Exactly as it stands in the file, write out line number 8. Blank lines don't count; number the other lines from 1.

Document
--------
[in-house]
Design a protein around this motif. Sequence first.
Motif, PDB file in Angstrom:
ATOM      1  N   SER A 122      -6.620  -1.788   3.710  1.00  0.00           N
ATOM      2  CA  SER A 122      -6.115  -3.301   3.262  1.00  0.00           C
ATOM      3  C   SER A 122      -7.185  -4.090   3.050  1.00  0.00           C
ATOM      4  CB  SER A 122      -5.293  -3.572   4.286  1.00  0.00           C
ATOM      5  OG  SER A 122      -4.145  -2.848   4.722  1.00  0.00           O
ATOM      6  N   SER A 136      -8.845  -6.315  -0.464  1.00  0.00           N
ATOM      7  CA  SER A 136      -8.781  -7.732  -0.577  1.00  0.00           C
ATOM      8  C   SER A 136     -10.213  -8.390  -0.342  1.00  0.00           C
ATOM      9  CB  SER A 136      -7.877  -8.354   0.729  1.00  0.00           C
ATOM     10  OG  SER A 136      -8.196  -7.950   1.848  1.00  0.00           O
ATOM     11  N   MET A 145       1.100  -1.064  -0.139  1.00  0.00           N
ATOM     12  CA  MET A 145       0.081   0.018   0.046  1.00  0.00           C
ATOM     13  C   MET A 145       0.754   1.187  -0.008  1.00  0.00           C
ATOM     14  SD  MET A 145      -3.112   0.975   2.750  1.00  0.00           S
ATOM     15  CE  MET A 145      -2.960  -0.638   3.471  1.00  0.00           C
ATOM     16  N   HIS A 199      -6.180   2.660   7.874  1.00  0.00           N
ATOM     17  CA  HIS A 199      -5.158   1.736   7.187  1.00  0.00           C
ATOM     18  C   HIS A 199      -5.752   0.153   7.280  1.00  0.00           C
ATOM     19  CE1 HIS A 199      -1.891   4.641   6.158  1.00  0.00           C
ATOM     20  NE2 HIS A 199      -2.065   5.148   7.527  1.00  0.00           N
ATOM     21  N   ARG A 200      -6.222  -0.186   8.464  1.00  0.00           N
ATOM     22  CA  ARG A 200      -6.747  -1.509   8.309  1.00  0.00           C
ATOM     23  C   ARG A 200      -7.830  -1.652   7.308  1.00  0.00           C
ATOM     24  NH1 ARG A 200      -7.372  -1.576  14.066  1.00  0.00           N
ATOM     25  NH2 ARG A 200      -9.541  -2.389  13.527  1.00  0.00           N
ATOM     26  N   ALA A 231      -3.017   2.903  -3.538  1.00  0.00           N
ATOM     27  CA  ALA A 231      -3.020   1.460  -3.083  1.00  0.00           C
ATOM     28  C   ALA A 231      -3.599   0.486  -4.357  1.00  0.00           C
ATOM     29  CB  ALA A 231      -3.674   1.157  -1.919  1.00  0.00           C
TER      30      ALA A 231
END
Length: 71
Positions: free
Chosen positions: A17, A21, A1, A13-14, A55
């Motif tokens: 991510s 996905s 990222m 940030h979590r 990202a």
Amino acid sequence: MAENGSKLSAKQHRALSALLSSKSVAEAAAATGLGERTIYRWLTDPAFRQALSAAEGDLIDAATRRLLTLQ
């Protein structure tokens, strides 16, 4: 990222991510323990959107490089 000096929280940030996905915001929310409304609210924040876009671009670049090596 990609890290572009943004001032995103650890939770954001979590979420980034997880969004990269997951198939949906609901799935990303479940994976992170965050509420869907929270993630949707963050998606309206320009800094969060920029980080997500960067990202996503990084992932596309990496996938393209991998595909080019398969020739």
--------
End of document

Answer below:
ATOM      5  OG  SER A 122      -4.145  -2.848   4.722  1.00  0.00           O